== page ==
General counsel must find ways to both manage contract risk and increase contracting productivity on a limited budget. General counsel are often flooded with contract requests. Sales people, business managers, and executives mutter about lawyers being the “business interruption team” while the general counsel tries to balance competing objectives: fast contracts and careful risk management. No legal department wants to be the bottleneck for contracts.
How to increase legal department productivity without compromising legal risk management? The two most common answers are to buy expensive, complicated contract drafting/negotiation software or to surrender the production of “routine” contracts to the business people with an automated system. Both of these answers are wrong for most corporate counsel.
Contract drafting software does not change the essential nature of in house contract drafting. The primary benefit of these solutions is that they expose the drafting process to a wider group of colleagues. They also endeavor to provide an audit trail of who made what changes so that the legal team can track down whoever made unauthorized legal changes after the fact.
At the other end of the spectrum, legal teams concede the drafting process to highly automated systems. Business colleagues, such as sales people, enter some data about their deal, and the system spits out a completed document. Lawyers rationalize this concession to productivity over risk management by locking down the terms users can modify and the types of agreements they can access.
Unfortunately, the risk inherent in this approach is significant, because even small errors are replicated across a large pool of contracts. While one defect in a single contract might not be a material risk, in the aggregate the contract portfolio might have unacceptable risk. Moreover, any missing access control will allow a user to circumvent the careful controls put in place.
General counsel need a solution that materially improves productivity without compromising legal risk management. The optimal model in most cases is similar to the fourth principle of the lean process. General counsel need to “pull” contracts that a fully ready for their input. That same system should also help general counsel engage with their business colleagues more effectively during the entire contract lifecycle, not just during negotiation.
Step one is to have an effective system for business colleagues to submit contract requests. Email is completely inadequate. Email is unstructured, inconsistent, and uncontrollable. We need a system which standardizes contract requests from the field and routes them to the appropriate person.
The "appropriate person" is often not a member of the legal team. What general counsel need first and foremost is it to know that the contract request is for a real opportunity which the business has vetted. It is useful to insert a review step between the initial request and the work assigned to the legal department. This approval step ensures that the legal department does not waste time on deals that will not or should not see the light of day.
We can take this approval process a step further. In addition to requesting new contracts, our contract management system can support requests for supplemental or additional documents during the entire contract lifecycle. Simply adding this step can significantly improve both the quality and quantity of the legal department’s work.
Finally, general counsel can decide when to “publish" the contract when it is executed. This publishing decision after contract execution constitutes a formal handover from the general counsel’s office to the contract management team. Unlike an email, however, the legal department and the contract management group will share a single system which allows them to collaborate over the entire contract lifecycle. The handover is now data: trackable and reportable.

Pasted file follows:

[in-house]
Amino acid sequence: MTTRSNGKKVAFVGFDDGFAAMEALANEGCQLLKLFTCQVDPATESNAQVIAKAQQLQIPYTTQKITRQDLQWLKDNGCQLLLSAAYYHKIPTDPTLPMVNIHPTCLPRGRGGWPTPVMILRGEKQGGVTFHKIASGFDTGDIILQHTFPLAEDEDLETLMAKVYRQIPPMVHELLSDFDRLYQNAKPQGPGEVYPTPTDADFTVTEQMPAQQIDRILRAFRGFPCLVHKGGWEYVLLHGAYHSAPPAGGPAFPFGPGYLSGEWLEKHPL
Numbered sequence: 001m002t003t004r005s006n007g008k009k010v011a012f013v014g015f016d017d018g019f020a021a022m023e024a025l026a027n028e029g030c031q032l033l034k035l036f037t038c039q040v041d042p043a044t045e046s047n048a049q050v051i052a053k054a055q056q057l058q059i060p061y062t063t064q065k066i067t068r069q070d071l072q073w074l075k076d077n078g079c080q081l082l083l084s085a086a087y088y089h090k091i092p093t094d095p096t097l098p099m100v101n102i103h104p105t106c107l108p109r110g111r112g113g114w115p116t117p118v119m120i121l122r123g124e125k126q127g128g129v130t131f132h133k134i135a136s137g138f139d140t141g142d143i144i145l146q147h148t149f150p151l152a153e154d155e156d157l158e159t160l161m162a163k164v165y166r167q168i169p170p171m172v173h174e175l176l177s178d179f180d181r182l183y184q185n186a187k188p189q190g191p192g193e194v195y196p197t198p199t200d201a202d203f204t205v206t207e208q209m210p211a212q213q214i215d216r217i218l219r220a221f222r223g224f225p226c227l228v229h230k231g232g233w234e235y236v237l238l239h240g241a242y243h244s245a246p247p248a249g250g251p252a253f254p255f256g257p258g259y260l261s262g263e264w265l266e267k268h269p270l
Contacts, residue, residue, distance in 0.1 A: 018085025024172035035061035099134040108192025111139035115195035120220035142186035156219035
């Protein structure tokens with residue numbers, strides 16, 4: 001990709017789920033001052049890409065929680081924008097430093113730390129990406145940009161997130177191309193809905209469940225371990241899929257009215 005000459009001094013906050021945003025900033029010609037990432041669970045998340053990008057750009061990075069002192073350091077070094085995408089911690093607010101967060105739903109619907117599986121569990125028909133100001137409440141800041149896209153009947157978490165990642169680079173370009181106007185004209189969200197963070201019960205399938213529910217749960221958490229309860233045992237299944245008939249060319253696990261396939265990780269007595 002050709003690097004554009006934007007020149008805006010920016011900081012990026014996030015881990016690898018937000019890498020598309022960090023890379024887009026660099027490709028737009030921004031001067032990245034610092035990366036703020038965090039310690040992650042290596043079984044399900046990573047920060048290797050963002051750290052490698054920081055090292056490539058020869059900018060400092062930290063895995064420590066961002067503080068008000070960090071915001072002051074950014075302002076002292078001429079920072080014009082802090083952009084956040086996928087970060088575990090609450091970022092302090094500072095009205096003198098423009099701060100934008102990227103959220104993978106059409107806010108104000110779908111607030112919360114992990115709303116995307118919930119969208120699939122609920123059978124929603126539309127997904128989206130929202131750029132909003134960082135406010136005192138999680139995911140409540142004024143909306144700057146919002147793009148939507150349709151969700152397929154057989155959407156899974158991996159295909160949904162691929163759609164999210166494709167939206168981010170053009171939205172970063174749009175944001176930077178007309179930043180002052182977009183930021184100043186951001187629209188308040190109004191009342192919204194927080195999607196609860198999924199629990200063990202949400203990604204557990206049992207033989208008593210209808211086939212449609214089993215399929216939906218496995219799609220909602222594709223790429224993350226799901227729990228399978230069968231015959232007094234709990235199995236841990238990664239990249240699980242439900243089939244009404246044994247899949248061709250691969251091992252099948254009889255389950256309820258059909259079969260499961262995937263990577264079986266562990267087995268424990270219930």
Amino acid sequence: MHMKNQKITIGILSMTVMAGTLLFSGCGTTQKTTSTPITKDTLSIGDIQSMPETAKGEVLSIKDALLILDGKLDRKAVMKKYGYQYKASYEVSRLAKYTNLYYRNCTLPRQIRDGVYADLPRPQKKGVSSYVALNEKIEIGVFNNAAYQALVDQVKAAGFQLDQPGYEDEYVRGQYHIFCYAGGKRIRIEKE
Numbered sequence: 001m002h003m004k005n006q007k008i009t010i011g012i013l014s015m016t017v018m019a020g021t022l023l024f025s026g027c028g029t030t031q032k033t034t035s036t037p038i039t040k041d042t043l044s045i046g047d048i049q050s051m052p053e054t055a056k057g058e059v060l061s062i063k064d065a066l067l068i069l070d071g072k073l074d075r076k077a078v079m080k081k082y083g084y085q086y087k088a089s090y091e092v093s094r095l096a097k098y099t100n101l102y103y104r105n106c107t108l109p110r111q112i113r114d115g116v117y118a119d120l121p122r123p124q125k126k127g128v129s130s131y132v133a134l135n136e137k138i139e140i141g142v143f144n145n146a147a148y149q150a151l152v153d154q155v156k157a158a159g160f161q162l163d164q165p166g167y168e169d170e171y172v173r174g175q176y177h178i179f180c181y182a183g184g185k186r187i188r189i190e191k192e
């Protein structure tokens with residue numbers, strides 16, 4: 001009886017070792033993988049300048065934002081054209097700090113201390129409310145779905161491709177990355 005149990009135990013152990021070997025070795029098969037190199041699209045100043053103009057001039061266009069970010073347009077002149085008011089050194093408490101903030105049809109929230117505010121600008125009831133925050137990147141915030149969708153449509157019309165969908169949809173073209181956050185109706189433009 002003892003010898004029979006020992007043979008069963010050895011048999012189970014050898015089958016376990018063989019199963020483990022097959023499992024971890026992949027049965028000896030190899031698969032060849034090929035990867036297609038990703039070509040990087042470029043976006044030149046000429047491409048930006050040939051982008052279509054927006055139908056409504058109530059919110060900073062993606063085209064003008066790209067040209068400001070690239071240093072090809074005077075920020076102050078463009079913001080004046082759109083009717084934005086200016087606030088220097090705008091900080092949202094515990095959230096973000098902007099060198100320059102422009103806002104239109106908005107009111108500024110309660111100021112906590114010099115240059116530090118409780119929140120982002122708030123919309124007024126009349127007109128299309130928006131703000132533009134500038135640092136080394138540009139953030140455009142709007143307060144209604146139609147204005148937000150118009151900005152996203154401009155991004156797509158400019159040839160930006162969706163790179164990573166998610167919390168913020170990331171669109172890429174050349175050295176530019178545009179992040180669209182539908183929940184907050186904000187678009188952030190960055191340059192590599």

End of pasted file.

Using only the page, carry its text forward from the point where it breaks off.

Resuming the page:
Contract management is a distinct profession with a well understood body of knowledge. Contract management is not the practice of law. That said, contracts have a life of their own which requires monitoring and nurturing. In many organizations the legal department simply throws an executed contract over the wall into the contract management department. The legal department may hear about it again when it is time to renew, amend, or terminate the contract. This approach to contract management misses revenue opportunities and causes unexpected risk to materialize.
A shared contract management system that focuses on the contracts which are fully executed promotes collaboration between the general counsel and the management team. Effectively managing the contract portfolio together allows both general counsel and contract managers to make a measurable impact on revenue and contract risk management. No one will remember that you drafted the force majeure clause just so, but everyone will remember that you identified an opportunity to decrease prices during the term of the purchasing contract.
Lawyers are rarely trained to see themselves as part of a larger process or team. It is tempting to think that the way to improve productivity is to change the way we are drafting. Drafting is our craft. Drafting is our value to the organization. General counsel harness years of business and legal experience to anticipate the unexpected, turning that insight into language which protects the organization. Lawyers should not surrender the drafting process nor should they purchase software that maintains an illusion of faster drafting.
Instead general counsel should balance productivity and risk management with software that allows them to focus on what they do best. Ensure that only fully developed deals get into the legal queue and stay involved with the contract management lifecycle to prevent problems and seize opportunities.